In 1982 national certification for RE was introduced for third- and fourth-year pupils in the secondary   school (ages 14-16). The content would provide a rough template for RE in that these courses allowed pupils to study world religions, moral issues and issues of belief or philosophy. 

From 1999 Scottish secondary schools have been offering Religious, Moral and Philosophical Studies (RMPS) national qualifications and units. Units from the suite of qualifications are predominantly offered in third and fourth year core RME time, rather than as an elective. The majority of these concern morality and values. This increase in certificated provision in RME (RMPS) may be part of a drive to enhance the credibility of RE in schools. The prevalence of units dealing with moral philosophy, philosophy of religion and philosophy of science may reflect on teachers’ perceptions that such content may sit better with an increasingly secular pupil population. The desire, by some non-denominational RE teachers to rebrand the subject RMPS may also be born of this perception.

​Within the current curricular guidance (Curriculum for Excellence) ‘RME’ has been acknowledged as one of 8 ‘Curriculum Areas’ that should inform curricular planning. Curricular ‘experiences and outcomes’ were created for Catholic and non-faith RE in 2008, though it should be noted that, despite this separation of provision at core level, children from Catholic and non-faith schools are presented for the same national qualifications and that this has been the case since the creation of RE certificates in the 1980’s.

A number of issues are current within RE/RME/RMPS in Scotland and have been discussed and debated in research:

  • The nomenclature and related aims and content of the subject
  • The continuation of the right of conscientious withdrawal
  • The confusion with Religious Observance, particularly in Primary schools
  • The uniqueness of developments in Scottish RE as well as comparison with other countries
  • Qualifications required to become a teacher of RE given the multifarious nature of provision
  • The move to faculty managements models in secondary schools which have seen RE typically con-joined with History, Geography and Modern Studies (Politics) in a Humanities faculty rather than being a distinct department. There are concerns that this development may marginalise RE.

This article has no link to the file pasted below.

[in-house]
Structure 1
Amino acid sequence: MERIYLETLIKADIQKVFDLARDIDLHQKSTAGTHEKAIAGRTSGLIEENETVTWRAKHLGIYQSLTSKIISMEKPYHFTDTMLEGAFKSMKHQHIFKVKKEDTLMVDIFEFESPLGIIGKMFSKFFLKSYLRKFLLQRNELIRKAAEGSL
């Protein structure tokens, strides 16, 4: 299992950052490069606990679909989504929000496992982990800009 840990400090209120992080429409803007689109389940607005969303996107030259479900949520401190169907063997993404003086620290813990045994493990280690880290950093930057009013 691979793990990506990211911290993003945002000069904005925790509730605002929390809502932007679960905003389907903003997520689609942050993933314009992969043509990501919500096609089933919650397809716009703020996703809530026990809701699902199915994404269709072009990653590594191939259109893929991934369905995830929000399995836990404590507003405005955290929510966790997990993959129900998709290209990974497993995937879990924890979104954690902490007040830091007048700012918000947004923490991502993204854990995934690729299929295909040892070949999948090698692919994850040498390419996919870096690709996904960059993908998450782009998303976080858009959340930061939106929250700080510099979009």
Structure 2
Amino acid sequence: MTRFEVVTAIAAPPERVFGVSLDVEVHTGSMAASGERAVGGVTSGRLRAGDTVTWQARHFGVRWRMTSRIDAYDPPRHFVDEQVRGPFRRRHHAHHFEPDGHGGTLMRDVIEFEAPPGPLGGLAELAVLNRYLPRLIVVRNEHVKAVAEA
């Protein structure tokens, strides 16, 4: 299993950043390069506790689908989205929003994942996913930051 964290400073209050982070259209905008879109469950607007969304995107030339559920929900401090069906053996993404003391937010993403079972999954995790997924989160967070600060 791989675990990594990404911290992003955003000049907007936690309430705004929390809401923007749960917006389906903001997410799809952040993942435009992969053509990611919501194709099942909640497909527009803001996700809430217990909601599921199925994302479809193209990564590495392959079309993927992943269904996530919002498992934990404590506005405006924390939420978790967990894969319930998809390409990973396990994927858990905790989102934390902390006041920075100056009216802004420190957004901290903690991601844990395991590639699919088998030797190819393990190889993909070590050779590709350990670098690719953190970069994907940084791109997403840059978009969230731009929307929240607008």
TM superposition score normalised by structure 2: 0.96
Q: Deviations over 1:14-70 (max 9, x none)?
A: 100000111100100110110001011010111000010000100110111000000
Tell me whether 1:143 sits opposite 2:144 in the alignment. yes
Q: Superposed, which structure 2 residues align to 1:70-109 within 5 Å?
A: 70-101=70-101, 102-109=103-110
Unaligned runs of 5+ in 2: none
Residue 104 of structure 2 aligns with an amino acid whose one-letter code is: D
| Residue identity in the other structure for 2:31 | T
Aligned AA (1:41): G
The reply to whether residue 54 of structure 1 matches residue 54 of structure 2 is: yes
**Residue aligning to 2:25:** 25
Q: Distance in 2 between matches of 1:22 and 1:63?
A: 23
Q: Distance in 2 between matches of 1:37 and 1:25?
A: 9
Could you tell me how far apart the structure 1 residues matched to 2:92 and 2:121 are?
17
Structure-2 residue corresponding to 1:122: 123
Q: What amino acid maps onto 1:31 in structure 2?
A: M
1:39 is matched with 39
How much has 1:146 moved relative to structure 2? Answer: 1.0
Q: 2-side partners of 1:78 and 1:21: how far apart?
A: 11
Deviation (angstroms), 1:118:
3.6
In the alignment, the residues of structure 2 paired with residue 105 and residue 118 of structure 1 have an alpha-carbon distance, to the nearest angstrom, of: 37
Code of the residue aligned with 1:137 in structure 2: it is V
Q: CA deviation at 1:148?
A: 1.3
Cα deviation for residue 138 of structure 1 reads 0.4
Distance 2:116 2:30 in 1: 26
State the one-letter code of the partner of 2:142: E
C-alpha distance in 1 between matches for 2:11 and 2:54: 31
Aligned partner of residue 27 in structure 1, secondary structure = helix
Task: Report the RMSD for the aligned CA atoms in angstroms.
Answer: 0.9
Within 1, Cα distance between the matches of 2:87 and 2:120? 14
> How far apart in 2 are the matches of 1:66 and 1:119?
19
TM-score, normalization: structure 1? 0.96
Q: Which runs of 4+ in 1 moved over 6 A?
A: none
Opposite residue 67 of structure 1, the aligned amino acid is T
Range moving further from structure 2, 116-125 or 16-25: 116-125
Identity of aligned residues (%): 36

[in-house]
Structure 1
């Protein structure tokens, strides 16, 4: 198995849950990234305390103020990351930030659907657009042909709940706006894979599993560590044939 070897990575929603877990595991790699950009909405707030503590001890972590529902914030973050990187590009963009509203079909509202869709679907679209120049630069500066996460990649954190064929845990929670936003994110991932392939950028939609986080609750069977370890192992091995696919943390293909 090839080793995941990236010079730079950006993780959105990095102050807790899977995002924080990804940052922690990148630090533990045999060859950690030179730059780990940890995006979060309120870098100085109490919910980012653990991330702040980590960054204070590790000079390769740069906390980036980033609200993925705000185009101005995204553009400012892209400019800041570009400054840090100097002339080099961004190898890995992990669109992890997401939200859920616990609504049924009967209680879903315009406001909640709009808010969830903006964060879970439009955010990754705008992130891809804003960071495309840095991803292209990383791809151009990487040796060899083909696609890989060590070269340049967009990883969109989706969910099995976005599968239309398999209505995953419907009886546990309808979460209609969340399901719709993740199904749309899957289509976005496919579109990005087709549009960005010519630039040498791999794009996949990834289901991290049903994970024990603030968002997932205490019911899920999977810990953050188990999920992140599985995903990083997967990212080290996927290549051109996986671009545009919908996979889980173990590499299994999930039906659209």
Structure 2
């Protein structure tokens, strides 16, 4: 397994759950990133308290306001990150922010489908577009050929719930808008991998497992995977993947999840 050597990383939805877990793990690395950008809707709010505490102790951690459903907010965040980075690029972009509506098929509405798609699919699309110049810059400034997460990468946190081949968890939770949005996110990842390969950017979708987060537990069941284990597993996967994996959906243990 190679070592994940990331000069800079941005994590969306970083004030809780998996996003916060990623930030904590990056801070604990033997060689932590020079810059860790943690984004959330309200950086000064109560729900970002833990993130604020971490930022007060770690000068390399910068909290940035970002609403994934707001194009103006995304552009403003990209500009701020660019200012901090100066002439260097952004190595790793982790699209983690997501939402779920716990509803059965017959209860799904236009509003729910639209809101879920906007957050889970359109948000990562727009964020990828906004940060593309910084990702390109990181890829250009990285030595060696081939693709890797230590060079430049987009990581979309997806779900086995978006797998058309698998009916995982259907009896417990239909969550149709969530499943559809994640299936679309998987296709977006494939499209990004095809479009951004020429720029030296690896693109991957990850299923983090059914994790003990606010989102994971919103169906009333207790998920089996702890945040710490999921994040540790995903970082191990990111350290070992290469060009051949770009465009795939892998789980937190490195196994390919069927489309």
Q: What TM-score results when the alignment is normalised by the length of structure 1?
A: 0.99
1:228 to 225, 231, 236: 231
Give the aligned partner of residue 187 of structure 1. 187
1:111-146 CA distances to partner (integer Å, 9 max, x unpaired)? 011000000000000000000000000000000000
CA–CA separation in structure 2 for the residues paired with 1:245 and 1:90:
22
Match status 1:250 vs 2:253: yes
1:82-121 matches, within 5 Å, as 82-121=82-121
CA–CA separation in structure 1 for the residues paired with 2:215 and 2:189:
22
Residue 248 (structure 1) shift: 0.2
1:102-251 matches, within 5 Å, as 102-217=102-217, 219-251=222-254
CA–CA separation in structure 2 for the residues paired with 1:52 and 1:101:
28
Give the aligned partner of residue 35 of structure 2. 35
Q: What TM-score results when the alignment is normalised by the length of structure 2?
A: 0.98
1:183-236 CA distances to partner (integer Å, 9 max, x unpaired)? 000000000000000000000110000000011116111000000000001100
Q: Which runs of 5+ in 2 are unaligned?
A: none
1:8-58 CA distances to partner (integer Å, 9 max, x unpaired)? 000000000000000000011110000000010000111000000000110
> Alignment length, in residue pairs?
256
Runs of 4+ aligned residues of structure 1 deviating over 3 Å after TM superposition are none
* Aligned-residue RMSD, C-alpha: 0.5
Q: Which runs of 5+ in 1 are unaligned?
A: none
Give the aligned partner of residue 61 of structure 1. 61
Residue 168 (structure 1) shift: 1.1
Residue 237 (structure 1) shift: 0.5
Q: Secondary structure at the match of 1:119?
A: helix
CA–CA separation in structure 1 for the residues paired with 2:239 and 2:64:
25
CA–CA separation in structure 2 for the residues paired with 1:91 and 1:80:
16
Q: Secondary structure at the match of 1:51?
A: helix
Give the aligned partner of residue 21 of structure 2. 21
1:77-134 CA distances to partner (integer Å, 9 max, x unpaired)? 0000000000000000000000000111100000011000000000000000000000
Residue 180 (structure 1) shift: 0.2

Education Scotland area for RME & RERC. Contains curricular and statutory guidance:

General Teaching Council (Scotland) Memorandum for Entry to Teaching
Scottish Government Impact Report on RE/RME

A selection of research papers:

Matemba, Y.H., 2015. Mismatches between legislative policy and school practice in religious education: The Scottish case. Religious Education, 110(1), pp.70–94.

Nixon, G. 2018 Conscientious withdrawal from religious education in Scotland: anachronism or necessary right?, British Journal of Religious Education, 40:1, 6–19 

Nixon, G., Smith, D. and Fraser-Pearce, J., 2021. Irreligious Educators? An Empirical Study of the Academic Qualifications,(A) theistic Positionality, and Religious Belief of Religious Education Teachers in England and Scotland. Religions12(3), p.184.

Nixon, G. 2012. The Emergence of Philosophy within Scottish Secondary School Religious Education. PhD Thesis, University of Aberdeen.

Scholes, S.C., 2020. Challenges and Opportunities in Religious Education: Re-Considering Practitioners’ Approaches in Scottish Secondary Schools. Religious Education115(2), pp.184–200.

Smith, D., Nixon, G. & Pearce, J., 2018. Bad Religion as False Religion: An Empirical Study of UK Religious Education Teachers’ Essentialist Religious Discourse. Religions, 9(11), p.361.